How to clean headlights with toothpaste

How to clean headlights with toothpaste

One of the most frequently asked questions we receive is “why do I need a headlight restoration kit when I could just use my toothpaste?” The answer is simple “headlight restoration kits are specially produced with formulas intended only to restore your headlight lens while toothpastes were produced with the intention of whitening your teeth.” But don’t take our words for it! Read on as we uncover the difference, prove which is best, and answer your question of “how to restore headlights with toothpaste Vs headlight restoration kit?” No matter which way you choose to clean your headlight, your high beam headlights should illuminate at least 500 feet in front of you, while your low beams should light up to 160 feet. This way, other motorists can spot you easily and you would be able to see the road clearly to navigate through potholes, sharp bends, and other road obstructions. However, your headlights can’t do that if they’re foggy or damaged. 

The USA government only requires auto manufactures headlights to last 3 years without becoming cloudy or hazy while the range of bulbs manufacturers used in headlights typically lasts about 500 to 1,000 hours for Halogen, 30,000 hours for LED, and 10,000 hours for Xenon. Still, we’ve seen headlights that degrade and become oxidized before the expected date of expiry. So, why is that? 

Reasons why headlights become cloudy 

Reasons Why Headlights become Cloudy

There are several reasons why your headlights can appear cloudy or become hazy. Reasons such as:

Wear and Tear: Every car headlight lens is manufactured with a protective coating layer, but as you drive, your headlight casing is exposed to road grits and debris, which can result in scratches. Once these scratches exceed the protective layer of the headlight lens, it becomes damaged and appears cloudy.

Oxidation: The material used in most modern car headlight production is polycarbonate plastic. After production, these headlight lenses are coated in a clear layer to help prevent them from oxidising. Over time the coating wears off, and UV light and Sun rays oxidise the casing, turning it to yellow.

Water vapour: Despite the change in headlight production from sealed to plastic, each casing comes with a watertight seal that prevents water from getting into the headlight casing. But with time, the seal breaks through wear and tear and the water that gets in scatters the beam of light and causes the headlight lens to look discolored.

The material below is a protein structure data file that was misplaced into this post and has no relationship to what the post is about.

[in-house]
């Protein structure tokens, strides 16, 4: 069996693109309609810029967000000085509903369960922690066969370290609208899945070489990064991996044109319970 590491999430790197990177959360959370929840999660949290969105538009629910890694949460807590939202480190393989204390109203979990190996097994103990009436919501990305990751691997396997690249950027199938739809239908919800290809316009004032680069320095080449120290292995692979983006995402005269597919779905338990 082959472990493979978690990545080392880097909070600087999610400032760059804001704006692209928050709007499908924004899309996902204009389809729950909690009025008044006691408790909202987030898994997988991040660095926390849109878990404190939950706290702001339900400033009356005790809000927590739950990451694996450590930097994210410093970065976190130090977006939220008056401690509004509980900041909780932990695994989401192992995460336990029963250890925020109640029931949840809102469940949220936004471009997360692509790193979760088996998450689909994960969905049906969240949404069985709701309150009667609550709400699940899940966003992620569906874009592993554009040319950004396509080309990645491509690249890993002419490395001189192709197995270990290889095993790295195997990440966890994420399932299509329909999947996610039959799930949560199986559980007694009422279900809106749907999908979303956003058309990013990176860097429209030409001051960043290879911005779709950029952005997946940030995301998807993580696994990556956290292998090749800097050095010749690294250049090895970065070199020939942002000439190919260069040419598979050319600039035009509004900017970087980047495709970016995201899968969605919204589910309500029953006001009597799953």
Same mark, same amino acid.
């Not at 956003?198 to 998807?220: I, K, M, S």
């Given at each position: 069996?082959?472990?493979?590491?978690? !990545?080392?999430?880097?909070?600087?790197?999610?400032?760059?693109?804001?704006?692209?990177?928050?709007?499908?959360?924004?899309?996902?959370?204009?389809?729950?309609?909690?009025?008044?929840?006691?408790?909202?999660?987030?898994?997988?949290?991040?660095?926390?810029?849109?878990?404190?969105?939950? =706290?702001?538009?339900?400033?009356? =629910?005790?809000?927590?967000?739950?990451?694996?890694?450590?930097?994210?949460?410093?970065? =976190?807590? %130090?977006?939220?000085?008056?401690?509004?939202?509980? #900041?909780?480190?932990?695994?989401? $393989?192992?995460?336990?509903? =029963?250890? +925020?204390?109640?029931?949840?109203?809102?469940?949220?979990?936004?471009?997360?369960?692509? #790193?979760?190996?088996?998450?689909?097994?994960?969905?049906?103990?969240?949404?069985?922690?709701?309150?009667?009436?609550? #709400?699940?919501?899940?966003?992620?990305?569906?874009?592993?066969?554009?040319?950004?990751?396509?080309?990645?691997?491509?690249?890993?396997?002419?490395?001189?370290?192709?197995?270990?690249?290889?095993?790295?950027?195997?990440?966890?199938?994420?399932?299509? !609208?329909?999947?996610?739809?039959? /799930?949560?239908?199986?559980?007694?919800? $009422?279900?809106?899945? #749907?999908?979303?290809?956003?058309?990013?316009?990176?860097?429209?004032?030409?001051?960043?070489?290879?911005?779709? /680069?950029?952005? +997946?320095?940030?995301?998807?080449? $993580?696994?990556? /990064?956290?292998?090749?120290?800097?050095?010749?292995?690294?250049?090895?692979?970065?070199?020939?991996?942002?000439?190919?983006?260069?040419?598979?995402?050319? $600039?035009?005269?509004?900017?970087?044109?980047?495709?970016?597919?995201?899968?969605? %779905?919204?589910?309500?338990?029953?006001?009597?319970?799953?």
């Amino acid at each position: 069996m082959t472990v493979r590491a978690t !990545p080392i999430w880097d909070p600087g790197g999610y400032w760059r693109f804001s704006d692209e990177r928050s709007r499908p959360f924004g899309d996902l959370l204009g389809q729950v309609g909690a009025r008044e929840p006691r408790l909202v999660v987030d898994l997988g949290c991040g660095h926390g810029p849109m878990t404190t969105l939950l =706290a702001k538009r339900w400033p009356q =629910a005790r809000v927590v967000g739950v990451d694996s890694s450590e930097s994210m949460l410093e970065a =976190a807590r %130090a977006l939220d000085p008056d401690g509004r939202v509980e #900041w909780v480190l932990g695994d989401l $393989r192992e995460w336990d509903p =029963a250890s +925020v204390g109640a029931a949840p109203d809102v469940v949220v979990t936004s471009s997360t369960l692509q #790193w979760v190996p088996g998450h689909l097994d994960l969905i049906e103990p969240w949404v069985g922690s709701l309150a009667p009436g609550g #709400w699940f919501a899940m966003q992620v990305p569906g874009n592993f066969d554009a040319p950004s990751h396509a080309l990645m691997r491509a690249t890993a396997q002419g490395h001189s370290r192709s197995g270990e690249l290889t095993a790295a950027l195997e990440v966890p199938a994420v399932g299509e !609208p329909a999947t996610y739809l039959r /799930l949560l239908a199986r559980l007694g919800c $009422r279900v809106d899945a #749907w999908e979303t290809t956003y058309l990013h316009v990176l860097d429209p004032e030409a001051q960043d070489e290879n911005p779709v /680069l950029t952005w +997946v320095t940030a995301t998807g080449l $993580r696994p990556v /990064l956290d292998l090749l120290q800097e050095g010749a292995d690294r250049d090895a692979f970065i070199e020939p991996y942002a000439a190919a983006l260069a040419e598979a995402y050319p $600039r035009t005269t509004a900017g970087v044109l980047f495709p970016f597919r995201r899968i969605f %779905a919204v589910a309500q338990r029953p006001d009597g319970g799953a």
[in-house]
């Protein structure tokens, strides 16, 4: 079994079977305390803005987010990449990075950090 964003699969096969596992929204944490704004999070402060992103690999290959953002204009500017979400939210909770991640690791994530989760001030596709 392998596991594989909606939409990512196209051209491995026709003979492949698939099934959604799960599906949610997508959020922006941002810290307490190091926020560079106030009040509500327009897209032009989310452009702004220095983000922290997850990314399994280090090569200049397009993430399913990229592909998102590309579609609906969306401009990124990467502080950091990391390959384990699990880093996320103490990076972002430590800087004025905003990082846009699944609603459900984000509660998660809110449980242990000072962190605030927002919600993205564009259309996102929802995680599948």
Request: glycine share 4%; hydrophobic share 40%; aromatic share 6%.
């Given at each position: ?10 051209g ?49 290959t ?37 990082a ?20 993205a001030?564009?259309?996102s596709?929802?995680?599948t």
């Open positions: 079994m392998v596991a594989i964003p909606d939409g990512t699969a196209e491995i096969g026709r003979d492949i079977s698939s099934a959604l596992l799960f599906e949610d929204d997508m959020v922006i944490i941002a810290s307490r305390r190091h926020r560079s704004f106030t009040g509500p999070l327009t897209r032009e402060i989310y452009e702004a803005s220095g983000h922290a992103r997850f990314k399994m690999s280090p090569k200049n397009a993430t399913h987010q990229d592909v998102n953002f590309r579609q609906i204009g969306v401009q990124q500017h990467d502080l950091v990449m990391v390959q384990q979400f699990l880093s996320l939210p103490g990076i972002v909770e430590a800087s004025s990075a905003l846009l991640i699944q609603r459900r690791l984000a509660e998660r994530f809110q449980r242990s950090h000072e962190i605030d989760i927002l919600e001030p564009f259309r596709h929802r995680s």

Dirt: after miles on the road, a thin layer of dirt and chemicals from pollution can gather on headlight casing, dimming your beams. 

Seeing that headlight oxidation is inevitable and would happen to every car manufactured, the main question is how best to clean yellow headlights to get rid of fog for a very long time? 

How to restore foggy headlights?

How to Restore Headlights

Most brick and mortar auto parts stores stock at least a product or two that were specifically manufactured for removing oxidation from headlights when they’ve become hazy or foggy from UV exposure. Look for products labelled “headlight restoration kit” or “headlight restore wipes.” Using these products is a straightforward way to get rid of foggy headlights. However, before you shop, it’s important to know exactly what you are buying. With so many headlight restoration kits out there it’s only wise to know the best from reviews of those who have tried certain products. To get started, here are some of the best headlight restoration kits in 2020. 

Furthermore, if you are in-a-bind, and need to clean your dirty headlights immediately, there are a few other options that can get the job done. According to a lot of posts published as you will find on the internet, using Toothpaste can be effective in cleaning headlights. But does it truly work? To answer that, let’s look at how to clean headlights with toothpaste, the advantages, and disadvantages of using toothpaste to restore headlights and compare it with that of a headlight restoration kit. 

Toothpaste vs headlight restoration kit